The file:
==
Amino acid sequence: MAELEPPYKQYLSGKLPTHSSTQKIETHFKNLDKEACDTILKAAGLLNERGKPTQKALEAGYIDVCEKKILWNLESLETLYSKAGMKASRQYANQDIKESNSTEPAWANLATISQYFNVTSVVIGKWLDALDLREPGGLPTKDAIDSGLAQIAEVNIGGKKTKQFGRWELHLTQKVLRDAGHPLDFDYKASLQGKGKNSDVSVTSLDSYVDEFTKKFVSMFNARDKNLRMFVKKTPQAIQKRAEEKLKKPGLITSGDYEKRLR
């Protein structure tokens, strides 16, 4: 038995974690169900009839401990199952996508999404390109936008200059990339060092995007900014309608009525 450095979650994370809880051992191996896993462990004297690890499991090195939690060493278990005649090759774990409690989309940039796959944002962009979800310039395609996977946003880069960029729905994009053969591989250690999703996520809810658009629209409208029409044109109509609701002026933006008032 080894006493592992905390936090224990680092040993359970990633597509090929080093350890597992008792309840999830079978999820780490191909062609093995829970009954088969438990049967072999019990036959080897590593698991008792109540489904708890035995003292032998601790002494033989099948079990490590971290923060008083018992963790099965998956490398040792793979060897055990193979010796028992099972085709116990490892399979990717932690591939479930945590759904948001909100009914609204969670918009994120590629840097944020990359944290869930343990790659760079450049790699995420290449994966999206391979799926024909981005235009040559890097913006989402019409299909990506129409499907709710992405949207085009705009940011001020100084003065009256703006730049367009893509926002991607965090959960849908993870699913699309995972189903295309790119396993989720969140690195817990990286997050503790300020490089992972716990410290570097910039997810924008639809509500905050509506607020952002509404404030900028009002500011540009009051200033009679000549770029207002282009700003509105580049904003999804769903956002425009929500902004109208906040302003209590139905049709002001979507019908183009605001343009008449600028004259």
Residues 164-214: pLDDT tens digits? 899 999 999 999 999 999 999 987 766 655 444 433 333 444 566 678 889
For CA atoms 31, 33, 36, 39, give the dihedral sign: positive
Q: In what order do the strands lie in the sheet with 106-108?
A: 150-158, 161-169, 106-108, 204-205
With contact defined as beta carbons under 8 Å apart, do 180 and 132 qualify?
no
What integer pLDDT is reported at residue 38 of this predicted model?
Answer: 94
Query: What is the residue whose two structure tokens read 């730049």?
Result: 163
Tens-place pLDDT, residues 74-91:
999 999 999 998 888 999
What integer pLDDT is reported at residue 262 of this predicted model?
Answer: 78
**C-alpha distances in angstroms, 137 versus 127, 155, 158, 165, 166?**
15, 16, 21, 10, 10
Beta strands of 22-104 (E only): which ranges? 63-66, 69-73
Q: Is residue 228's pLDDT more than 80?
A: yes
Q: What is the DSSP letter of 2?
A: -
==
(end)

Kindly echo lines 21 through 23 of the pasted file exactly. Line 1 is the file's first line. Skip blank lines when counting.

A: yes
Q: What is the DSSP letter of 2?
A: -